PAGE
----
iMac Pro and new iMac first look: Apple’s VR-ready machines are now available to buy
The iMac Pro is available to buy from today, but if you want one, be prepared to spend big. The entry level iMac Pro with its 8-core Xeon processor, 32GB RAM, 1TB storage and 8GB Vega graphics card will set you back £4,999.
Who needs a five-grand Mac, you might ask? Well, Apple’s answer to that is professionals who really need the best possible performance. The press release boasts that 3D designers will be able to render models and scenes up to 3.4 times faster than with their previous best quad-core iMac. Likewise, deveopers will apparently be able to compile code up to 2.4 times as fast, while scientits can visualise data via simulations up to five times faster.
These are big claims and need to be tested in the labs fully, but for now I’ll leave you with our original first look from back in June.
The original first look continues below
Apple is billing the new iMac Pro as “the most powerful Mac ever”, but at a glance it looks like something that would set you back a fraction of its wallet-melting price tag. The setup looks a lot like the 27in, 5K iMac; a familiar façade that hides some engineering wizardry to stop its powerful specs from overheating.
A dual centrifugal fan setup cools the iMac Pros internals, which encompasses an Intel Xeon processor with either 8, 10 or 18 cores, a Radeon Vega GPU with up to 16GB of VRAM, and up to 128GB of system RAM. Those are pretty beasty numbers, so here’s hoping the fans do a good job of stopping the iMac Pro from an early death.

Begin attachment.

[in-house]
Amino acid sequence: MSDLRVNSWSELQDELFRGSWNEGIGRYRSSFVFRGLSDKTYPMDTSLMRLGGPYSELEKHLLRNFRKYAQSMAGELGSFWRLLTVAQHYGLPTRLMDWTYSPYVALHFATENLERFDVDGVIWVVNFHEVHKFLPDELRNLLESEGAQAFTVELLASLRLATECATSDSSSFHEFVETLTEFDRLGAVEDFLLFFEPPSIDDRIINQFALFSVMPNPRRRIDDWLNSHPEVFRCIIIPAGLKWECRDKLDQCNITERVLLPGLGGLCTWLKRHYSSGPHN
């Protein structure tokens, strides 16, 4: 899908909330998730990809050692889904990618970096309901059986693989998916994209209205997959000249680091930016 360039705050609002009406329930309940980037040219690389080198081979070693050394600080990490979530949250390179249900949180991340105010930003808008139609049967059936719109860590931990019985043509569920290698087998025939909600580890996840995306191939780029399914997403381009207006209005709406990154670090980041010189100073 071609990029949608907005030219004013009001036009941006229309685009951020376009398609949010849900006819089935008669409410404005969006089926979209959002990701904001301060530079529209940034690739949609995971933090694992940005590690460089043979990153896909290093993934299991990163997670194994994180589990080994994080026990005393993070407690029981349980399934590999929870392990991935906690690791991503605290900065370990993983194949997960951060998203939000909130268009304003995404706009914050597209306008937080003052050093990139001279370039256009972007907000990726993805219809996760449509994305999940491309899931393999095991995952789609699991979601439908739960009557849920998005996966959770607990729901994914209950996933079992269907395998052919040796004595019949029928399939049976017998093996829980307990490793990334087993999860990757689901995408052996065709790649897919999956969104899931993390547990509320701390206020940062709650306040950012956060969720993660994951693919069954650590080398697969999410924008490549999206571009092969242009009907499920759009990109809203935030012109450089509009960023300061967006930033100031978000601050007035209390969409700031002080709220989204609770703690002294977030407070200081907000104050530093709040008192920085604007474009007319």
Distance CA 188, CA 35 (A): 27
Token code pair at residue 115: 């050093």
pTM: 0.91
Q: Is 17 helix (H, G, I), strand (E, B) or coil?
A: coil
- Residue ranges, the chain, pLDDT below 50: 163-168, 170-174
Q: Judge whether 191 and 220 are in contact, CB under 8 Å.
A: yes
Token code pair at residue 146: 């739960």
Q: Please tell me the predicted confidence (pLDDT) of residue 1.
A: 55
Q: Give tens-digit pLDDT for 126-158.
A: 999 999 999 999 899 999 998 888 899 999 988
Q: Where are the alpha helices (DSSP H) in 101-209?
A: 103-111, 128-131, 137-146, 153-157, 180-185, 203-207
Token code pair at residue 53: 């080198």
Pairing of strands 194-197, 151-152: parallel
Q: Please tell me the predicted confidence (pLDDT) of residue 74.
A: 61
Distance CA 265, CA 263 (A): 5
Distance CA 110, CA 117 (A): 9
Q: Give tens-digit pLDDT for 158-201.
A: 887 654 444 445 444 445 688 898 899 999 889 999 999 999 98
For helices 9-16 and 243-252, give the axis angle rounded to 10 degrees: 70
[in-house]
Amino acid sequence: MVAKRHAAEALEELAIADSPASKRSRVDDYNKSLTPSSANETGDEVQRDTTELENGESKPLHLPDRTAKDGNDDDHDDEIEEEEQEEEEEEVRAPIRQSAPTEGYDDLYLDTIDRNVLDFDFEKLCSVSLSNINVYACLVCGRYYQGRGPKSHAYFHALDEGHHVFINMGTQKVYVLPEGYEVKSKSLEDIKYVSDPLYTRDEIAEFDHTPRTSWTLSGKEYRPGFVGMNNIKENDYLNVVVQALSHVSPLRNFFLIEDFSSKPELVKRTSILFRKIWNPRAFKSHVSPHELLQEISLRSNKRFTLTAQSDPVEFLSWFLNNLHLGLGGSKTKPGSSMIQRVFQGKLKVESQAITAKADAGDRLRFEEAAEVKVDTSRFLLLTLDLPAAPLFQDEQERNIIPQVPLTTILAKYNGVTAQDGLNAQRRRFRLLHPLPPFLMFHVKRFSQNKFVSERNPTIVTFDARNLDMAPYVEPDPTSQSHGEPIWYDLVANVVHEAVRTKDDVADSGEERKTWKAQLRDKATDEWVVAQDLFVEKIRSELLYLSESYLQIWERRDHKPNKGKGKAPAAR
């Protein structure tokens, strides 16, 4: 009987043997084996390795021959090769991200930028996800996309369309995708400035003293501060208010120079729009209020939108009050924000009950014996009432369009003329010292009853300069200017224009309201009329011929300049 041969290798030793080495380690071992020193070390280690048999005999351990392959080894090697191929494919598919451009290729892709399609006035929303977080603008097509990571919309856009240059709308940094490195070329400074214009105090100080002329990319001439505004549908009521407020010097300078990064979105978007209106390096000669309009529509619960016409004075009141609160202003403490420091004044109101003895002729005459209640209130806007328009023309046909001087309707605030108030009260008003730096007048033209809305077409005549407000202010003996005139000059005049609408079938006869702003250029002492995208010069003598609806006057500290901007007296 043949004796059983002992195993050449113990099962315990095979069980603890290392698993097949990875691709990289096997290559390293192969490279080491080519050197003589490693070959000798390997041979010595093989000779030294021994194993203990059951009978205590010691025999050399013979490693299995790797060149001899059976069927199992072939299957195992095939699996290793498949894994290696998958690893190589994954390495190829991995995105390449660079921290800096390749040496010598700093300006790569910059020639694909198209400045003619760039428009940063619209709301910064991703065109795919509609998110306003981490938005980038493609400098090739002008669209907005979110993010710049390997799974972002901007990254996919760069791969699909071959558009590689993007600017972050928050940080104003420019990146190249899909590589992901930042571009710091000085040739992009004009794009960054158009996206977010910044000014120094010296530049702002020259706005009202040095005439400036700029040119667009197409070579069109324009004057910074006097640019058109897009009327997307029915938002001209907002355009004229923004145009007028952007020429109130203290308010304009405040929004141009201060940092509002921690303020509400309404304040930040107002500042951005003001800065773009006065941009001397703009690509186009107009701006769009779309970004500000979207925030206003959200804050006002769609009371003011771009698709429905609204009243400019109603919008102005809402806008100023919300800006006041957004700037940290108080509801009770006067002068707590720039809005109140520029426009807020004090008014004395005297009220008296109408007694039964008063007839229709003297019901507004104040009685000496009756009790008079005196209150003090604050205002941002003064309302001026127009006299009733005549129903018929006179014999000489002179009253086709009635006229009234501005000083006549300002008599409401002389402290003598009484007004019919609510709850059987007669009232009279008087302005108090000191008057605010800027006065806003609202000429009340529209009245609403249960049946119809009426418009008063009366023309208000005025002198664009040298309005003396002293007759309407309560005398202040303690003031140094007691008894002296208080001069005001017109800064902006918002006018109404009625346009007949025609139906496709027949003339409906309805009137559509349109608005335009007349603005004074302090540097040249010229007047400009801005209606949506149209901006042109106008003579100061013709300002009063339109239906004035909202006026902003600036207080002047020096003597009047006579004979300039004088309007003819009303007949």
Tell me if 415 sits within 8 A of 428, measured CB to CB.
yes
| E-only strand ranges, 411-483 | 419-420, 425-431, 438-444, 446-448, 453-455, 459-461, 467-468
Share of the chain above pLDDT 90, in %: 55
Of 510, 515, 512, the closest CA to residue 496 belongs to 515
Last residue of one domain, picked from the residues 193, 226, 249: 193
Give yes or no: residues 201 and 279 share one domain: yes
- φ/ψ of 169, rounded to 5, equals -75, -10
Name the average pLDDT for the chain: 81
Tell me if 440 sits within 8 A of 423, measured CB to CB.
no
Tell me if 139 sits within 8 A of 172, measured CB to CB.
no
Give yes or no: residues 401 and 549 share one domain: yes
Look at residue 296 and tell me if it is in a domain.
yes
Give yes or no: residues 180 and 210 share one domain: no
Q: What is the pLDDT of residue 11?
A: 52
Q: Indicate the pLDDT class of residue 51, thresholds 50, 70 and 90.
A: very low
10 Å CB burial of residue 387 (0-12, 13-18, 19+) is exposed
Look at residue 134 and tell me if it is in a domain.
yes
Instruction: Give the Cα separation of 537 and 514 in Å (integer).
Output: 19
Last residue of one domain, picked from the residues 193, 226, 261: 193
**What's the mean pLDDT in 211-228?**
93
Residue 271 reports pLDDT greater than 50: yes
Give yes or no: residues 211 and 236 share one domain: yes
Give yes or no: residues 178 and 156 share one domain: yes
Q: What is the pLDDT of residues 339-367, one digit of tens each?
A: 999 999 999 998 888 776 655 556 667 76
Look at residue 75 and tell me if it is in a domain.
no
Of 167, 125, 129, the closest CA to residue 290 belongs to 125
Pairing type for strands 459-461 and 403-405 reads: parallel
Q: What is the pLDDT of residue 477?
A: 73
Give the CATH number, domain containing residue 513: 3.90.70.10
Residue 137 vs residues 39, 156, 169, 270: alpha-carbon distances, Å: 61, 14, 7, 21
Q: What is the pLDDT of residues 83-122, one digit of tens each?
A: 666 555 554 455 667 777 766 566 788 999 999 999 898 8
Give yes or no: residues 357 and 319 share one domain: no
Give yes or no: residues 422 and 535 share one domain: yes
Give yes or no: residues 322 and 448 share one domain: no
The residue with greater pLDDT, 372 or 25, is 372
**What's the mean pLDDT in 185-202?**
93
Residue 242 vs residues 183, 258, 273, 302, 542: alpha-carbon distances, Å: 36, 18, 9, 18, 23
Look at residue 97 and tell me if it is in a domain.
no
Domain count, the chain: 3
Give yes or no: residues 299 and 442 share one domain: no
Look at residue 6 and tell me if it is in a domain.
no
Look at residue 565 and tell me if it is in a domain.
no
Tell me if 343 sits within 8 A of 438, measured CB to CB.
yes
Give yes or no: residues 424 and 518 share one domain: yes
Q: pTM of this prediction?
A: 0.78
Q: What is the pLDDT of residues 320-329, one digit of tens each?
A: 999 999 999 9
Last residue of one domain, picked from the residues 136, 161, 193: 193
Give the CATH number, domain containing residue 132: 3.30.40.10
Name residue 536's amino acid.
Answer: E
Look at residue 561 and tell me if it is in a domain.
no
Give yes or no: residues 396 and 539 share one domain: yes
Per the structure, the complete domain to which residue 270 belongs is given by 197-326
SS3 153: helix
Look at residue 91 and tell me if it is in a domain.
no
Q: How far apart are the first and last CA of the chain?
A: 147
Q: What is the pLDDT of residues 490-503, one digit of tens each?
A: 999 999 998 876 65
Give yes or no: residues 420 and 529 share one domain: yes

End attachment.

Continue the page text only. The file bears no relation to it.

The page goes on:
My few minutes with the iMac Pro were nowhere near long enough to see how the machine performs under stress. In fact, I wasn’t even able to touch it. All I could do was stare at its sinister dark grey body and its 5K monitor, and imagine its internal thermal architecture whizzing around. Starting at $4,999, maybe it’s best it remains a conceptual computer.
I was, however, able to play around with the revamped 21.5- and 27in iMacs. These have been given faster processors, faster storage options, brighter Retina displays and Thunderbolt 3. Over a short demo I was shown how the 27in model could do a 4K video render using editing suite DaVinci Resolve on the fly, then a similar quick render using Cinema 4D Pro.
Another demo of F1 2016 looked gorgeous, thanks in part to the iMac’s seventh-generation Kaby Lake processor and a display that manages 500 nits of brightness.
As well as film and design work, the new iMac is pitched as a strong machine for VR – now in the picture with the new macOS: High Sierra. While the exterior of the machines looks relatively unchanged, this internal capability could mean big things for how Apple positions itself in the developing virtual reality market. Coupled with the iPad Pro’s nascent interest in augmented reality, could Apple take VR and AR into the mainstream?